Data_Sheet_1_Microbial and Viral Communities and Their Antibiotic Resistance Genes Throughout a Hospital Wastewater Treatment System.DOCX (624.15 kB)

Data_Sheet_1_Microbial and Viral Communities and Their Antibiotic Resistance Genes Throughout a Hospital Wastewater Treatment System.DOCX

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posted on 19.02.2020 by Morgan L. Petrovich, Adi Zilberman, Aviv Kaplan, Gefen R. Eliraz, Yubo Wang, Kathryn Langenfeld, Melissa Duhaime, Krista Wigginton, Rachel Poretsky, Dror Avisar, George F. Wells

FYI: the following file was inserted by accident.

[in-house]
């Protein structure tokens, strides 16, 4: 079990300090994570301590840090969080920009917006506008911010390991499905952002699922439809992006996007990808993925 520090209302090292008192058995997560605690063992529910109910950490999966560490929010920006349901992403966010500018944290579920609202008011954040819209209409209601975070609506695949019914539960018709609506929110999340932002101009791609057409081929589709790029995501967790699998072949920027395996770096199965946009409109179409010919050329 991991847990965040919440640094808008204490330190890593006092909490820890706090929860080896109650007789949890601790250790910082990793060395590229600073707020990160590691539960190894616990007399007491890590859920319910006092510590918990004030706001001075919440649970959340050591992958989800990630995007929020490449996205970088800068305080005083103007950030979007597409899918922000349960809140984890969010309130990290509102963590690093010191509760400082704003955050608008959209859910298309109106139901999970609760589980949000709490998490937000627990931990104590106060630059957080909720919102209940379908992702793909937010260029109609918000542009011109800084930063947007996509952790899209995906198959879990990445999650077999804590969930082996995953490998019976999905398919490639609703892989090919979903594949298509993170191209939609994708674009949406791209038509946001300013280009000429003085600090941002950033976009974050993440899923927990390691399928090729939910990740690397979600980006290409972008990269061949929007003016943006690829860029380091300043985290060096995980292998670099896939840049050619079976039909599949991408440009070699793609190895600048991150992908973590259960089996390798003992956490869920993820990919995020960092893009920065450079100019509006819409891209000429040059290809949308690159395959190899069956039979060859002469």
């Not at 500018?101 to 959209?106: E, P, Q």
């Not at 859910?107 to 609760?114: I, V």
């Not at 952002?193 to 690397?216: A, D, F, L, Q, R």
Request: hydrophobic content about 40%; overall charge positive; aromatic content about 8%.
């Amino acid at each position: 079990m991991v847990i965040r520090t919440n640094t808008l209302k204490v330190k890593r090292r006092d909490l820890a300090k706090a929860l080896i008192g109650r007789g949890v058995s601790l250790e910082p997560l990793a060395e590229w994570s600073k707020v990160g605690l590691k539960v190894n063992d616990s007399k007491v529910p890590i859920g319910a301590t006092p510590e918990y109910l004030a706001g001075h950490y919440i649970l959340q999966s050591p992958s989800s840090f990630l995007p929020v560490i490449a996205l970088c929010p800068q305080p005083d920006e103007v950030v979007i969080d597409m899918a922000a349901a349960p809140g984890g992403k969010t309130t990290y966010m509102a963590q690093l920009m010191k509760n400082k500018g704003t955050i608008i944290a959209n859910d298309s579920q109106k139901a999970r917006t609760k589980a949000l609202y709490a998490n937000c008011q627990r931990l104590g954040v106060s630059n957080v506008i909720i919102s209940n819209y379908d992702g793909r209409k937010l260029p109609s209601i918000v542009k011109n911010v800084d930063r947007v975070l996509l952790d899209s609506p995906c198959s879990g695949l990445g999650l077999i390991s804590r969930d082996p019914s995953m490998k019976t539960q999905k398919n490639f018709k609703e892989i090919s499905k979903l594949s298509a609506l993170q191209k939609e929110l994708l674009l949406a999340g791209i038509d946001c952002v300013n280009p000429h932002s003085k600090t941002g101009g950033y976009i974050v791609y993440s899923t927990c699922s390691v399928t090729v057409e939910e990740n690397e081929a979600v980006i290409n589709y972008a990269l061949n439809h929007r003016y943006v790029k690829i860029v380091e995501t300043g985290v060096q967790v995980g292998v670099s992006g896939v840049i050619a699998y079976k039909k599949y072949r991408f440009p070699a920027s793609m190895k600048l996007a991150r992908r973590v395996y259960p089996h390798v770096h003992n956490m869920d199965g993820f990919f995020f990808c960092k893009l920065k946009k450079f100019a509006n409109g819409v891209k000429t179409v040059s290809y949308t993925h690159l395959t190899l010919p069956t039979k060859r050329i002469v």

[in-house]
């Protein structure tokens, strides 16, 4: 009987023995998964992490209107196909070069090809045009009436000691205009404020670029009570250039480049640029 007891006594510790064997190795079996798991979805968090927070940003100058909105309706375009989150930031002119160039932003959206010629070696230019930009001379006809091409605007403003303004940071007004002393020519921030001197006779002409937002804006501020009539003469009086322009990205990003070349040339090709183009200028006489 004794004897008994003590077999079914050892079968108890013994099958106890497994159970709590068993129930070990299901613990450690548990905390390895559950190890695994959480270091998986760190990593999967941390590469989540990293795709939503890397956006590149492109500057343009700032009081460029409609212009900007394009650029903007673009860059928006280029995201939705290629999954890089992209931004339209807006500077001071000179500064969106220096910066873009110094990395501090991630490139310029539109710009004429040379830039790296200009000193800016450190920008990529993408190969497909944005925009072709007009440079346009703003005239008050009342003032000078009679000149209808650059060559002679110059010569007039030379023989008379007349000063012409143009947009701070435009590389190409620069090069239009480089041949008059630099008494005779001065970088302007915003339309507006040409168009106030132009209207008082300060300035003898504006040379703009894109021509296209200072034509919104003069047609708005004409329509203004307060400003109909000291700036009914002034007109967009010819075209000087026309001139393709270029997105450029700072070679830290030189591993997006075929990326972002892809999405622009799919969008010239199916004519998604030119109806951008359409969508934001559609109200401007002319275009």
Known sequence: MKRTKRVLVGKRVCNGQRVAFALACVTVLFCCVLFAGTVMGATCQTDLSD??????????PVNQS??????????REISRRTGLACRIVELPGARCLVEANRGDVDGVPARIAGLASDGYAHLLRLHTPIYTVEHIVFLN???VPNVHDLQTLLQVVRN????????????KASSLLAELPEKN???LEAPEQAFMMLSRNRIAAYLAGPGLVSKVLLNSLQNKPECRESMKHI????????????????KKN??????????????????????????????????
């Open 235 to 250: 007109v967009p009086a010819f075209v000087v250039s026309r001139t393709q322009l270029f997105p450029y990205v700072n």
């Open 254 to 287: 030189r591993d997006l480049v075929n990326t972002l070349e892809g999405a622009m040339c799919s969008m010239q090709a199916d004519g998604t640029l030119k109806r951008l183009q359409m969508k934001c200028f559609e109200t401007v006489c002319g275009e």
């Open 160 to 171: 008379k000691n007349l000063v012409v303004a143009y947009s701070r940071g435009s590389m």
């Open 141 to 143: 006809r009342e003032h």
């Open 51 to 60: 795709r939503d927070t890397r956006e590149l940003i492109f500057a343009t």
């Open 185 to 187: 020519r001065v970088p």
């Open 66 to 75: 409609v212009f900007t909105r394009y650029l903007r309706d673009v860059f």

Antibiotic resistance poses a serious threat to global public health, and antibiotic resistance determinants can enter natural aquatic systems through discharge of wastewater effluents. Hospital wastewater in particular is expected to contain high abundances of antibiotic resistance genes (ARGs) compared to municipal wastewater because it contains human enteric bacteria that may include antibiotic-resistant organisms originating from hospital patients, and can also have high concentrations of antibiotics and antimicrobials relative to municipal wastewater. Viruses also play an important role in wastewater treatment systems since they can influence the bacterial community composition through killing bacteria, facilitating transduction of genetic material between organisms, and modifying the chromosomal content of bacteria as prophages. However, little is known about the fate and connections between ARGs, viruses, and their associated bacteria in hospital wastewater systems. To address this knowledge gap, we characterized the composition and persistence of ARGs, dsDNA viruses, and bacteria from influent to effluent in a pilot-scale hospital wastewater treatment system in Israel using shotgun metagenomics. Results showed that ARGs, including genes conferring resistance to antibiotics of high clinical relevance, were detected in all sampling locations throughout the pilot-scale system, with only 16% overall depletion of ARGs per genome equivalent between influent and effluent. The most common classes of ARGs detected throughout the system conferred resistance to aminoglycoside, cephalosporin, macrolide, penam, and tetracycline antibiotics. A greater proportion of total ARGs were associated with plasmid-associated genes in effluent compared to in influent. No strong associations between viral sequences and ARGs were identified in viral metagenomes from the system, suggesting that phage may not be a significant vector for ARG transfer in this system. The majority of viruses in the pilot-scale system belonged to the families Myoviridae, Podoviridae, and Siphoviridae. Gammaproteobacteria was the dominant class of bacteria harboring ARGs and the most common putative viral host in all samples, followed by Bacilli and Betaproteobacteria. In the total bacterial community, the dominant class was Betaproteobacteria for each sample. Overall, we found that a variety of different types of ARGs and viruses were persistent throughout this hospital wastewater treatment system, which can be released to the environment through effluent discharge.

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